shattered condition, arrived at the Tybee on the last of January, where the damaged ships were repaired, and again putting to sea, the fleet and army arrived at North Edisto Sound, in South Carolina, on the 10th of February. They took immediate possession of John and James Islands, and on the 11th the army was disembarked. Sir Henry was now within thirty miles of Charleston, where General Lincoln lay with a force not exceeding two thousand regulars, and the militia of the town. In two days the town might have been his; he had nothing to fear in his rear, and no difficulties in front which might not have been overcome as well in a few hours as in a month; but his approaches to the town were so slow and cautious that he did not accomplish the passage of Ashley river until the 29th of March, having been upwards of forty days marching a distance of thirty miles. During this whole period the enemy had met with little or no resistance, until the 27th, when a rencontre took place between a party of their horse, under Lieutenant Colonel Tarleton and the remnant of Baylor's Regiment of Cavalry, now under the command of Lieutenant Colonel Washington. The loss of horses which Sir Henry had suffered on the voyage, was soon supplied by others, which they found no difficulty in procuring after the army had landed. The rencontre ended advantageously for Washington, who drove the enemy back and took several prisoners, among whom was Lieutenant Colonel Hamilton of the Royal Regiment of North Carolina.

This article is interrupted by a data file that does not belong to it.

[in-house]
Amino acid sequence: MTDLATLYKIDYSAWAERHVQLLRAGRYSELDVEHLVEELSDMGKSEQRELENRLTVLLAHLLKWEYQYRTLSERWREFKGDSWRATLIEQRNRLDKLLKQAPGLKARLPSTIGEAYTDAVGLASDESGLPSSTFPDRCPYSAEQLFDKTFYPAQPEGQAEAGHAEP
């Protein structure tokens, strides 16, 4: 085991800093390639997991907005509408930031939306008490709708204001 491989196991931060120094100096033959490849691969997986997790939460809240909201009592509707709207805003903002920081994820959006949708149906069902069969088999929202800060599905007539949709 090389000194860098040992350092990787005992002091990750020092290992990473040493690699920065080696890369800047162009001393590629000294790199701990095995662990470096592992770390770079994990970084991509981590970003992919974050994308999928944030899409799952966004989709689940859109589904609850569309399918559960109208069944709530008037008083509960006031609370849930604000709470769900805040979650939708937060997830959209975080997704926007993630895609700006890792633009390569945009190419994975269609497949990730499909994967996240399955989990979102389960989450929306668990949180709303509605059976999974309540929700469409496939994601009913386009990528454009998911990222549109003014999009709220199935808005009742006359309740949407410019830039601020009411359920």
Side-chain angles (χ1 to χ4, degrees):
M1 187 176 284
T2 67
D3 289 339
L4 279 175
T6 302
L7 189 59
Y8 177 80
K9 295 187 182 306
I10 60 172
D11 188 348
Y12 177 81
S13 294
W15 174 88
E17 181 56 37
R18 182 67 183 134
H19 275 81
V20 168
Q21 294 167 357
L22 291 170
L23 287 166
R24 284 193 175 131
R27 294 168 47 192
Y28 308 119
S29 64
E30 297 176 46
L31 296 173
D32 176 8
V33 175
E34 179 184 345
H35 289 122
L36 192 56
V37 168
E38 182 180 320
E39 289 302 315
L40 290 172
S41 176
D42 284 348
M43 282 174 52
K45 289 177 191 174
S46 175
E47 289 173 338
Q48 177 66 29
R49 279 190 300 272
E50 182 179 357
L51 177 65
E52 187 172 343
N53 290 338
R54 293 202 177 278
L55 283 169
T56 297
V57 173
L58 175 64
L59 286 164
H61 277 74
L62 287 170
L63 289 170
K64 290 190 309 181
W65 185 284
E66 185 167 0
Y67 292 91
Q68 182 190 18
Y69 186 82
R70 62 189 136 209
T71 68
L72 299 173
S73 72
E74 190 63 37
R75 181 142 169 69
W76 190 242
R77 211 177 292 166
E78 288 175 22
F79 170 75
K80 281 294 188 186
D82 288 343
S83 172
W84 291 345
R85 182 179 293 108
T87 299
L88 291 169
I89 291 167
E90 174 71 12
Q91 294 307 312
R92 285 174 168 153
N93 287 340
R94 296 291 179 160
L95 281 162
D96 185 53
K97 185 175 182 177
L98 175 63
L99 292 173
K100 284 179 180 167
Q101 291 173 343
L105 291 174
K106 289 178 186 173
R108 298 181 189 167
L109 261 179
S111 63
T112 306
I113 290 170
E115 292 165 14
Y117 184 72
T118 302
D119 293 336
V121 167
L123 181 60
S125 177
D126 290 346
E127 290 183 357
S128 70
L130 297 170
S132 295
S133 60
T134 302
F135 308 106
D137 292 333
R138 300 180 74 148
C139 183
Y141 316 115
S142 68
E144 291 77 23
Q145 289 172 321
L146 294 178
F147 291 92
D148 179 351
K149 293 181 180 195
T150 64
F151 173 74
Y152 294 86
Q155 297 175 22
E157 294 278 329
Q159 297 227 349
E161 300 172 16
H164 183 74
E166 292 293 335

The Assembly of South Carolina, being in session at the moment of the enemy's landing, clothed Governour Rutledge with full power to adopt any measures which he and his Council might deem necessary for